Make sure that you’re not taken by surprise with any hidden costs or expenses. It would be wise to discuss them with your potential lawyer before you actually hire him or her. Also, you need to find out if you are going to be responsible for paying these costs directly as they arise or if you are going to have to reimburse your lawyer for these expenses that he or she may pay on your behalf. It would be in your best interest to ask for a written estimate of all anticipated additional costs. You can also determine a certain dollar amount and tell your lawyer that costs over that amount have to be approved by you in advance.

Your Legal Bill

Unless your case is under a contingency fee agreement, your lawyer would probably bill you monthly unless agreed upon otherwise between the two of you. As mentioned before, if you’re paying your lawyer hourly, you may want to establish a cap or a limit at which your lawyer needs to get your permission before spending more.

When you receive your legal bill, you need to take your time going over it. You do have the right to get itemized bills that would show you how your lawyer has spent his or her time on your case. The bill needs to show your lawyer’s fees and expenses with an appropriate explanation for each. For instance, if you’ve been charged 6 hours for a research time, your bill needs to spell out what exactly was being researched. If it doesn’t, you need to ask your lawyer for specifics. If something seems suspicious, don’t automatically accuse your attorney. Just give him or her a call and ask for an explanation. Even if it was a justified charge, this will let your lawyer know that you’re paying a very close attention, which is totally within your rights.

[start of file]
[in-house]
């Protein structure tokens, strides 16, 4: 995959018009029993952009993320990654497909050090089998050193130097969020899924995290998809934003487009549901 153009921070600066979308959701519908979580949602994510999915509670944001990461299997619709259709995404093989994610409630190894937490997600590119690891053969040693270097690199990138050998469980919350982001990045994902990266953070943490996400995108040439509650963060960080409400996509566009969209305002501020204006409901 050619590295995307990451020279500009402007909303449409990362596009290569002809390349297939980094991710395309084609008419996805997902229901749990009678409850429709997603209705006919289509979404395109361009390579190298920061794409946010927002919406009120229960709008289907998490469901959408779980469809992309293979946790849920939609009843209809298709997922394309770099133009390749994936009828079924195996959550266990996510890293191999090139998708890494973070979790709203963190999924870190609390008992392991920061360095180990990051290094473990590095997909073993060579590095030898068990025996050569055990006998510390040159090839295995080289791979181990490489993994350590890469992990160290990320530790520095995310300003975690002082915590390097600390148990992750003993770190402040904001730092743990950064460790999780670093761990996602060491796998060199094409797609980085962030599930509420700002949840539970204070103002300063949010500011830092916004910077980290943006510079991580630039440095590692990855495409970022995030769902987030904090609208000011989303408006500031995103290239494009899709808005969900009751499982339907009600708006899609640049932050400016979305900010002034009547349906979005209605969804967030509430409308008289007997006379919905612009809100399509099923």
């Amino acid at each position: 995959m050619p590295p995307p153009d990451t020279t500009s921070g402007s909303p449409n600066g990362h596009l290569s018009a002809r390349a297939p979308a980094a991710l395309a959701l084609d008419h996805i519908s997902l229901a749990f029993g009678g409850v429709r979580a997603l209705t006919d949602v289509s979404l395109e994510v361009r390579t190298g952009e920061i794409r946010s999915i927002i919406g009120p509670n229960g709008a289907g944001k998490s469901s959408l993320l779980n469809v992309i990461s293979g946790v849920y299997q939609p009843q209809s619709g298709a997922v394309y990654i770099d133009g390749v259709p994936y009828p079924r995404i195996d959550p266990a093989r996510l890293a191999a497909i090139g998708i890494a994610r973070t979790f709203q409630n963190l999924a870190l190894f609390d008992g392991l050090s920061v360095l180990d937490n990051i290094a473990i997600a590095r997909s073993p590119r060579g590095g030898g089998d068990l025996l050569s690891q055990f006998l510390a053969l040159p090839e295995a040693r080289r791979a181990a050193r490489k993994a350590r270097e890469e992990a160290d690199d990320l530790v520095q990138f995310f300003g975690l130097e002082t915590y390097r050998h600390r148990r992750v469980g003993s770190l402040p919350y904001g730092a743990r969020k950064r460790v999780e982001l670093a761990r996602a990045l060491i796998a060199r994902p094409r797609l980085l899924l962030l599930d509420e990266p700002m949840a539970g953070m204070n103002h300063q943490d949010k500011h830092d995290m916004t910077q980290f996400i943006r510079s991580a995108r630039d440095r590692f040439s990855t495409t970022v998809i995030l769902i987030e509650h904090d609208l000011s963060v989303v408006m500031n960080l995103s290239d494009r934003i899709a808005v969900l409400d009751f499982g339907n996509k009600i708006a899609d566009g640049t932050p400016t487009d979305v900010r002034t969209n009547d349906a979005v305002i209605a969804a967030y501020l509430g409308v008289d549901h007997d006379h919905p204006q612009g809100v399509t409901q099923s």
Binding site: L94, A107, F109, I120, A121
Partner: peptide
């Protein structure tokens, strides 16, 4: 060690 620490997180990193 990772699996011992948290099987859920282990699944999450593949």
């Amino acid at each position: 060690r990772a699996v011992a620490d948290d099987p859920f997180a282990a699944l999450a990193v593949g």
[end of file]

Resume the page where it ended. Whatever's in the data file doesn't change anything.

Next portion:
You can get on a fee payment schedule. This is a monthly payment plan which allows you to pay an expected sum every month on the balance of your bill. But, be careful with this. In general the attorney would charge interest on the remaining balance. And that’s more money out of your pocket. Many attorneys will arrange a fee payment schedule after they have received a retainer from the client.

And last but not least, lawyers are just humans as we all are. All humans make mistakes every now and then – lawyers too. Don’t be afraid to pull out your calculator and check the math on your bill. If you find that the numbers are not adding up, simply bring it to your lawyer’s attention. Anytime you think your lawyer’s bill contains an error or something that you don’t agree with, contact your lawyer immediately and try to resolve the discrepancy.

Not Being Able to Pay the Bill

If you cannot afford paying your lawyer’s bill, contact your lawyer immediately (don’t wait) to see if you can make any payment arrangements. You could ask your lawyer to postpone work temporarily until you can pay the bill. However, if you cannot reach an agreement, your lawyer may be entitled to stop working on your case. In some cases, your lawyer may acquire a lien on your house or property to secure their fee. So, it is recommended for you to come up with a plan on finding the funds necessary to pay your attorney.

Reducing Your Legal Costs

Time is money when it comes to legal fees. By answering your lawyer’s questions fully and honestly, you will save time and also help your lawyer do a better job. Regardless of how embarrassing or how uncomfortable your answer is, by not providing your lawyer all of the needed facts, he or she would need to spend more time figuring out those details, which will cost you more money. Remember that the ethics of the profession bind your lawyer to maintain in the strictest confidence almost anything you reveal during your private discussions. So, by providing your lawyer all of the needed information, you will save a lot of time, which on the other hand will reduce your legal costs.